We went out to a local football field to photograph Steve, a recent high school graduate. I decided to shoot some senior portrait style images of Steve in action as well as standard some portraits. Obviously, I wasn't going to stop down on a f/2 lens, so I knew I would be shooting wide open for this entire shoot. The incredibly shallow depth of field made it pretty difficult to find a background that both looked interesting and was an even exposure with a strobed subject, but I settled on shooting with some industrial stands in the background. 

Alienskin has been sponsoring a lot of our videos recently and I wanted to teach a few things that I hadn't before. Obviously, I was pretty heavy-handed on post-production, but, hopefully, I was able to show a few new features of Exposure X4

Obviously, the gear used for this shoot is overkill for senior style portraits, but it's always a treat to use such an expensive and specialized lens. I'm excited to use the 200mm f/2 again in future for a more serious shoot. I may try to shoot wildlife with it. 

Sponsors

Big thanks to all of our sponsors for making this video possible.

Fujinon 200mm f/2
Fujifilm X-T3
Manfrotto 190
Manfrotto Pro Light Reloader Air-55
Profoto B10
Profoto Air Remote for Fujifilm
Alienskin Exposure X4 (Use code "FSTOPPERS" to save 10%)

Log in or register to post comments

17 Comments

Hss mode absolutely sucks battery power, I normally shoot with leaf shutter lenses and don't use it, but in a recent shoot I had to use it for the camera I was using and my B1x's had about half the normal battery performance as well as less flash power and longer recycle times.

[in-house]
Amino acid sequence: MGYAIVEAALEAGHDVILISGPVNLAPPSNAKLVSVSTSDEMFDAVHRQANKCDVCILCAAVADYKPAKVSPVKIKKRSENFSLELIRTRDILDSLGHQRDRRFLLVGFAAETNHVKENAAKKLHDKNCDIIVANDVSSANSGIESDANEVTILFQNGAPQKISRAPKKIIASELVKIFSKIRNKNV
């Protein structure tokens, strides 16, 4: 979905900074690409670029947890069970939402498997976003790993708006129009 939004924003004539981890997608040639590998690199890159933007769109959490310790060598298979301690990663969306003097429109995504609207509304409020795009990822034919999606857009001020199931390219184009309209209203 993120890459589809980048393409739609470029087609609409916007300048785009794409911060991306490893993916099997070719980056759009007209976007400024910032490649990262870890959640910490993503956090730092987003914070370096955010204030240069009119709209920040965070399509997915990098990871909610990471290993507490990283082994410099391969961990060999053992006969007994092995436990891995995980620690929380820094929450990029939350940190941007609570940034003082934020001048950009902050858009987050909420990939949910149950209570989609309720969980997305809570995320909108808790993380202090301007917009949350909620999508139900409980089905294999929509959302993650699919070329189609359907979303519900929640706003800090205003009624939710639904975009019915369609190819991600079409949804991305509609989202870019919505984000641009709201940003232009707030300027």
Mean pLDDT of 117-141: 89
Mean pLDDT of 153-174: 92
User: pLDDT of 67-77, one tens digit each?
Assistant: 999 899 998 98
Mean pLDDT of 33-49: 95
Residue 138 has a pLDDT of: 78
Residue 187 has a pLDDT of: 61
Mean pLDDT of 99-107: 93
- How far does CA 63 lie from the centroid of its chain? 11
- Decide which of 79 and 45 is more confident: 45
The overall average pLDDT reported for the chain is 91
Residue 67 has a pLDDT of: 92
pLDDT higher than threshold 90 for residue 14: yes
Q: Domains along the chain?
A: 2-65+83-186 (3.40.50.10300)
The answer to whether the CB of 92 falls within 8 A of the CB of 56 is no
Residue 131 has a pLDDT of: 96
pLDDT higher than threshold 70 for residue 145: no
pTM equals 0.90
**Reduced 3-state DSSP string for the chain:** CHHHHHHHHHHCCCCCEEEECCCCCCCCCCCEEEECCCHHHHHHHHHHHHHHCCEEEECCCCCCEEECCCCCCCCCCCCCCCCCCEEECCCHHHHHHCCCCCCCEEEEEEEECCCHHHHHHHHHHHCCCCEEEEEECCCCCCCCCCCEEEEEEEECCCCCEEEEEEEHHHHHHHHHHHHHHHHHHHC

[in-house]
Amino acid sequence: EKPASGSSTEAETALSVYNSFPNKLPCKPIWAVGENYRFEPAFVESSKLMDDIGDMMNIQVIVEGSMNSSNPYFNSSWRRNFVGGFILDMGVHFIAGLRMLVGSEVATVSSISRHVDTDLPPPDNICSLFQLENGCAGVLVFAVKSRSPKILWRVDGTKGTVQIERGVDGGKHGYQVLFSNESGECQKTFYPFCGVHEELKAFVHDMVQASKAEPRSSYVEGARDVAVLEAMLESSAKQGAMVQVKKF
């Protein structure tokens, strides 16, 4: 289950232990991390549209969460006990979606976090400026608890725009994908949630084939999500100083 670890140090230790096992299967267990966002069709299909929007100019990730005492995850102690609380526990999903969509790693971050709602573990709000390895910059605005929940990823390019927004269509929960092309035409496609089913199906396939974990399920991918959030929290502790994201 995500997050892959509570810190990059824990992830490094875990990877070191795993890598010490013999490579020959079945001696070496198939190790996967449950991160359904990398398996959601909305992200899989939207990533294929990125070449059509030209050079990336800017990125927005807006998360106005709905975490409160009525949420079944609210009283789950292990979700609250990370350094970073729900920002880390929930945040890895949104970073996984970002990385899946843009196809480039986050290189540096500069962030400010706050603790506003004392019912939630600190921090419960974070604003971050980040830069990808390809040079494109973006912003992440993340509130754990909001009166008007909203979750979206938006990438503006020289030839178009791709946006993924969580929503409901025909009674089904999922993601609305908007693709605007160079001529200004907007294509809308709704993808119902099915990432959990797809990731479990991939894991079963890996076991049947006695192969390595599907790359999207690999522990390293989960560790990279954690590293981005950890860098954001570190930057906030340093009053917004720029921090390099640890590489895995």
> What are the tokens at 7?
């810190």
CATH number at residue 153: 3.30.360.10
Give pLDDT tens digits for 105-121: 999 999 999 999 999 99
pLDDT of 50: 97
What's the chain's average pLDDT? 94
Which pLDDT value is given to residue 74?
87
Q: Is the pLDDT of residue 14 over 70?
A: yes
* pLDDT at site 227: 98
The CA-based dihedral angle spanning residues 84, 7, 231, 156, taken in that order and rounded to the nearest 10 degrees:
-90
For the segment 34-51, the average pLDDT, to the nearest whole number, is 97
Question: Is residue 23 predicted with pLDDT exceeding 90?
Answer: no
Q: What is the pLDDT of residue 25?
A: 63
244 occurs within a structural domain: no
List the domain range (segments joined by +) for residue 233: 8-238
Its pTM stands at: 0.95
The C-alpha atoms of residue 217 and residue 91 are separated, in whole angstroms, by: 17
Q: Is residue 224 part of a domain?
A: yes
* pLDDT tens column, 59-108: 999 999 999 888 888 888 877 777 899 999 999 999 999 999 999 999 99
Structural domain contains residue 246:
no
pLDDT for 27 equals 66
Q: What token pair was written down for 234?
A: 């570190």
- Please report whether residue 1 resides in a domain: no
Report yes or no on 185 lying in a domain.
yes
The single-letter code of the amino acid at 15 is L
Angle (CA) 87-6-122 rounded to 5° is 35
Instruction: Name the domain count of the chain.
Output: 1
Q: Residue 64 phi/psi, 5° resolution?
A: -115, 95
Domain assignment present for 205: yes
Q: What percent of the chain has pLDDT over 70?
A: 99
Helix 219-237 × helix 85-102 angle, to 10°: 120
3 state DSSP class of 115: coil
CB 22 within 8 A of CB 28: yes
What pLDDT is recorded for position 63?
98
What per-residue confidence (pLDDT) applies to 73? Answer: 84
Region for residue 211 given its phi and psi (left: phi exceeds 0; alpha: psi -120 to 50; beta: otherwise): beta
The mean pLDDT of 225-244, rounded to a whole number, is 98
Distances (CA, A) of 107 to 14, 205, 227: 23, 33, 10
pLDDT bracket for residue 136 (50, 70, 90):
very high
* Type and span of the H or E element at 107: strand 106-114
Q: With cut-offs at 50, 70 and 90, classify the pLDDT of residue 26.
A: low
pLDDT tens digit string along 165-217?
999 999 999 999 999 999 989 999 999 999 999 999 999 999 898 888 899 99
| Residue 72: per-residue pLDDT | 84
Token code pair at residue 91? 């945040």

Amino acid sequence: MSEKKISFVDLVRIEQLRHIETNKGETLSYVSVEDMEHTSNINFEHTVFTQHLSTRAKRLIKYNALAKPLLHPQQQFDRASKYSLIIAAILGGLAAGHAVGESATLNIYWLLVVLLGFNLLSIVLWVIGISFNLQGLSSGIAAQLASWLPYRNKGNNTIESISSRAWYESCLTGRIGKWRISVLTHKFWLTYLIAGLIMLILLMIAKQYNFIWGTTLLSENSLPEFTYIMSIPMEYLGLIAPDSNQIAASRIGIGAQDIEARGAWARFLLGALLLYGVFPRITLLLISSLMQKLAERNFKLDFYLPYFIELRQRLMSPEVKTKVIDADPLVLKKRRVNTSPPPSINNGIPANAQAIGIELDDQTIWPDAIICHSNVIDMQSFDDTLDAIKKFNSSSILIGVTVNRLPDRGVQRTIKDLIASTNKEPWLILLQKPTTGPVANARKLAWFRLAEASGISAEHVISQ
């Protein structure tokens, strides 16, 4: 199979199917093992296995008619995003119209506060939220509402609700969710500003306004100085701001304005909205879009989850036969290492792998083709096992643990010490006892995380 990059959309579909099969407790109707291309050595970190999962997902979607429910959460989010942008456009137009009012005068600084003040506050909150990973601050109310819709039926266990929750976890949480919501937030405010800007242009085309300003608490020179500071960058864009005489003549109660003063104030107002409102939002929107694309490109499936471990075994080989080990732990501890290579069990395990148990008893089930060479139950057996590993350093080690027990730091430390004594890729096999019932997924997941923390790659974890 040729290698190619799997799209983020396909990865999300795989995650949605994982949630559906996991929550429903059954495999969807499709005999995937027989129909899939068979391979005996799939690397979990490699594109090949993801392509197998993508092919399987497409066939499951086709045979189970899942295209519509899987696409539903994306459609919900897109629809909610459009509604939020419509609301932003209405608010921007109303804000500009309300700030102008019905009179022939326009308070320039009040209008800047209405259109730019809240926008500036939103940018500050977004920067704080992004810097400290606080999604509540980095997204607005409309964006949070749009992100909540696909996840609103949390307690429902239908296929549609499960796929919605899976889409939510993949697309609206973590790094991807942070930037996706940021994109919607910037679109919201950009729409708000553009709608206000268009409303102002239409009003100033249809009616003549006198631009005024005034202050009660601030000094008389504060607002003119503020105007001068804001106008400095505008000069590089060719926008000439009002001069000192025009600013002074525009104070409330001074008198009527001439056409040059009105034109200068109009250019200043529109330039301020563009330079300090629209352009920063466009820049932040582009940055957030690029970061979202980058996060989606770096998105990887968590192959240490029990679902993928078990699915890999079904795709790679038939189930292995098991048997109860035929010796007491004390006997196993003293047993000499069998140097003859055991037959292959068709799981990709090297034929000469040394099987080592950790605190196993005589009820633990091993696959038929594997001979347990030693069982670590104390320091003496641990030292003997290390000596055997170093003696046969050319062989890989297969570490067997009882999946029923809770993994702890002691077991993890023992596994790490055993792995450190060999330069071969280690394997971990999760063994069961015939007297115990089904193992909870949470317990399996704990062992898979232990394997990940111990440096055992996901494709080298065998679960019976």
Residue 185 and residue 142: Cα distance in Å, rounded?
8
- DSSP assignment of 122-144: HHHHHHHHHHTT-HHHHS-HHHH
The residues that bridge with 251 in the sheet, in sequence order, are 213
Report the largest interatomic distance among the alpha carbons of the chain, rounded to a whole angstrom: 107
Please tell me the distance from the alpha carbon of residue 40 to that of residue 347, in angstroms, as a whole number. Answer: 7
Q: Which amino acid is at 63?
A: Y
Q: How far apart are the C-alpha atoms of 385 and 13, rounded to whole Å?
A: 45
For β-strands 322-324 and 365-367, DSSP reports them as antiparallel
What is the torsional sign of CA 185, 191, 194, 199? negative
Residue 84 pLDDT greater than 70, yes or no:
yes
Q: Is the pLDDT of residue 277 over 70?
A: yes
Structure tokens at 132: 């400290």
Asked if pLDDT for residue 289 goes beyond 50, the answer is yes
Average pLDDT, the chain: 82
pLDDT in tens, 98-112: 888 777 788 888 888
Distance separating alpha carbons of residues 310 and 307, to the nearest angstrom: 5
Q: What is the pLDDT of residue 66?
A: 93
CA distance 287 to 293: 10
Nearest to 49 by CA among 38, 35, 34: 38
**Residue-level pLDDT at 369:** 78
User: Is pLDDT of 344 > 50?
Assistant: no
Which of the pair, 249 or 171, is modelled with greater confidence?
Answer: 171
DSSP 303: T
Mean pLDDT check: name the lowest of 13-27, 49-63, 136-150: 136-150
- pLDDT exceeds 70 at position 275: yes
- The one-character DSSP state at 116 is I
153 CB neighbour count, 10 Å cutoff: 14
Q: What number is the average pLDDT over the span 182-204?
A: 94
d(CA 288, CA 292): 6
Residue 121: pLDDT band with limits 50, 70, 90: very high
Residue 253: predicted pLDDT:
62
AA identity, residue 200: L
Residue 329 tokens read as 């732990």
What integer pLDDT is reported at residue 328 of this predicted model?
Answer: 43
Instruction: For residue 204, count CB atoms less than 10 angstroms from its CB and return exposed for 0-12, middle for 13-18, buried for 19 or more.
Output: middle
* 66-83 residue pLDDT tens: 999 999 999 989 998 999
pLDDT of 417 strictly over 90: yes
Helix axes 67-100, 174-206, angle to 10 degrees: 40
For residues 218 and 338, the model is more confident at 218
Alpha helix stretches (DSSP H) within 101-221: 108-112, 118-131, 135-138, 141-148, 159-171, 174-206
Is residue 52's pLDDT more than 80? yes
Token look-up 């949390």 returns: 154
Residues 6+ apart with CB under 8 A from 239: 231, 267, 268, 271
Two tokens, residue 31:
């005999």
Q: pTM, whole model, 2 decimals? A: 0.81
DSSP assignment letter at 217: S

Brook Brown's picture

I'm sure you know that portrait photographers have been shooting full frame 200mm f/2 lenses with HSS strobes for a long time now (Keydrin Franklin comes immediately to mind).

You think you got shallow DOF!

Eric Salas's picture

My thoughts exactly when I saw the title

Patrick Hall's picture

Yeah we did a whole tutorial with Dylan Patrick on this with headshots. It’s a very useful technique.

Brook Brown's picture

That technique doesn't require such a fast lens, though. I believe Patrick uses a 70-200mm f/2.8 and has to stop it down to get enough of the face in focus.

Patrick Hall's picture

Dylan uses the 70-200 so he has some flexibility when shooting but does usually shoot wide open at 2.8. The dof for headshots at 2.8 is still around 2-3” which is enough to get a headshot in focus. You could def use the 200mm f/2.0 for that effect too and get an even blurrier background. The DOF on the subject won’t change that much at such a long focal length but it will change a bit on a background that is positioned far away.